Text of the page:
Jun 27, 2014

Review: The Killing (1956)

The Killing is without a doubt Stanley Kubrick's breakout film. His previous film, Killer's Kiss shows its low budget roots pretty obviously and is probably only worth seeing for Kubrick completionists. The Killing has a slightly larger budget and more studio support from United Artists though Kubrick had to forfeit some of his creative freedom.

What really sets The Killing apart is how unique the storyline is set out. It's told in a non-linear storyline which everyone is familiar with from Reservoir Dogs or Pulp Fiction. Non-linear storylines are pretty much accepted now by everyone but back in 1956, people weren't used to non-conventional storytelling at all. Kubrick was forced to re-edit the film to be linear but apparently the results were even more confusing to follow. Sadly, The Killing was released as it was and failed to make a profit.

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Genre: crime, film-noir, thriller
Directed by: Stanley Kubrick
Produced by: James B. Harris, Alexander Singer
Written by: Stanley Kubrick, Jim Thompson
Music by: Gerald Fried
Running time: 83 minutes
Production company: Harris-Kubrick Productions
Distributed by: United Artists, Art Free, Chapel Distribution, etc.
Country: United States
Language: English
Budget: $320,000
Box office: N/A

IMDb entry
Rotten Tomatoes entry

Starring: Sterling Hayden, Coleen Gray, Vince Edwards, Jay C. Flippen, Elisha Cook Jr., Marie Windsor, Ted de Corsia, Joe Sawyer, James Edwards, Timothy Carey, Joe Turkel, Jay Adler, Kola Kwariani, Dorothy Adams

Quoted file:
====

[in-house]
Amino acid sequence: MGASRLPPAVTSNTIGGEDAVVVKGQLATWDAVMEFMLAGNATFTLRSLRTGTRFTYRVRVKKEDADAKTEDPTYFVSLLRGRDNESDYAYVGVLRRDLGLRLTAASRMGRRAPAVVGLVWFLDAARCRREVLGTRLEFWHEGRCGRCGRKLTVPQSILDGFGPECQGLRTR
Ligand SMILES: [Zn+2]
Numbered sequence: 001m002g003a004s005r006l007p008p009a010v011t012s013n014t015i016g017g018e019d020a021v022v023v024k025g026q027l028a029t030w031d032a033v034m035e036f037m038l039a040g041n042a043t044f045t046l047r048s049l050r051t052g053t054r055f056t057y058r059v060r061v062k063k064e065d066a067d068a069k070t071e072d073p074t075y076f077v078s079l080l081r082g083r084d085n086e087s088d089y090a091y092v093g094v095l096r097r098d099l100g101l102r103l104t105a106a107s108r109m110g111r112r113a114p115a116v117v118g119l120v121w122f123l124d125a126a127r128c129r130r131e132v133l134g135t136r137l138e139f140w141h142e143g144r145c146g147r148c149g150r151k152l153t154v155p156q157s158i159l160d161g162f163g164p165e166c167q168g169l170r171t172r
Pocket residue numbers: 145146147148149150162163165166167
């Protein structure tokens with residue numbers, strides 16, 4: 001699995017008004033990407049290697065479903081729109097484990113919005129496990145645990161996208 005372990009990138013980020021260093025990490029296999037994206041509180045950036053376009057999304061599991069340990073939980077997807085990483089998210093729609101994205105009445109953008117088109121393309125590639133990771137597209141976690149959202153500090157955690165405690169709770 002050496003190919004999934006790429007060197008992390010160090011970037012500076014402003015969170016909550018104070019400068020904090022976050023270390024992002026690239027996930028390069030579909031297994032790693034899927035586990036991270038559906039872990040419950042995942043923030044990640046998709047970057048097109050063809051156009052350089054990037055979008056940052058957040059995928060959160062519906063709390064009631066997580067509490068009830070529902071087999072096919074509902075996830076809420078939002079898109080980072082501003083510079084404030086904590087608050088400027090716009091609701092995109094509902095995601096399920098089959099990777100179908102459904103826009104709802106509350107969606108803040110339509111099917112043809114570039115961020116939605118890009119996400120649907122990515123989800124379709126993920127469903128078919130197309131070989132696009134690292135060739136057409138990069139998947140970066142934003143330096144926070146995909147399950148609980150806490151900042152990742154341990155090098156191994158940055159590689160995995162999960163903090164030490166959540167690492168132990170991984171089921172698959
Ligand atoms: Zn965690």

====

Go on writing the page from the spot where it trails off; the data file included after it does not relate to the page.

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Synopsis

 

A team of criminals get together to plan a race track heist. Everyone is given a role and everyone is to keep their mouth shut until the big day. However, George Peatty's (Elisha Cook Jr.) wife Sherry (Marie Windsor) finds out about the operation and spills the beans to Val Cannon (Vince Edwards), her lover on the side. Things fall into place until the big day at the track when things don't go as expected.

Review


The storyline of The Killing is easy enough to follow and the characters are all unique enough to differentiate. I especially like how the climax is shown several times through the eyes of different crooks. The repetition never feels dull and the resolution is quite a thrill as well.

You can really see just how much Quentin Tarantino was "inspired" by Kubrick. Reservoir Dogs clearly traces its origins to this film and any Reservoir fan owes it to themselves to see The Killing. This is not the greatest film-noir ever made but it's most certainly one of the most important ever made, one which had an enormous impact on film later on.

Compared to Killer's Kiss, The Killing never really reveals its low budget-ness. Kubrick is a little less wild with his camera work but this time, he has a very competent group of actors who play their roles pretty well. Elisha Cook Jr.'s acting has aged the worst but it's easy to get by. There's some narration that also seems unnecessary but was forced onto Kubrick by United Artists to make it easier for the audiences who weren't used to fractured storylines. 

It's a real shame that Kubrick's visionary effort didn't light up the box office. He attracted attention from the most important people though in Kirk Douglas and Marlon Brando who who give him his next job, director of Paths of Glory and paved his way into Hollywood. As his best solo work before achieving mainstream success, The Killing is worth seeing.

Rating


8/10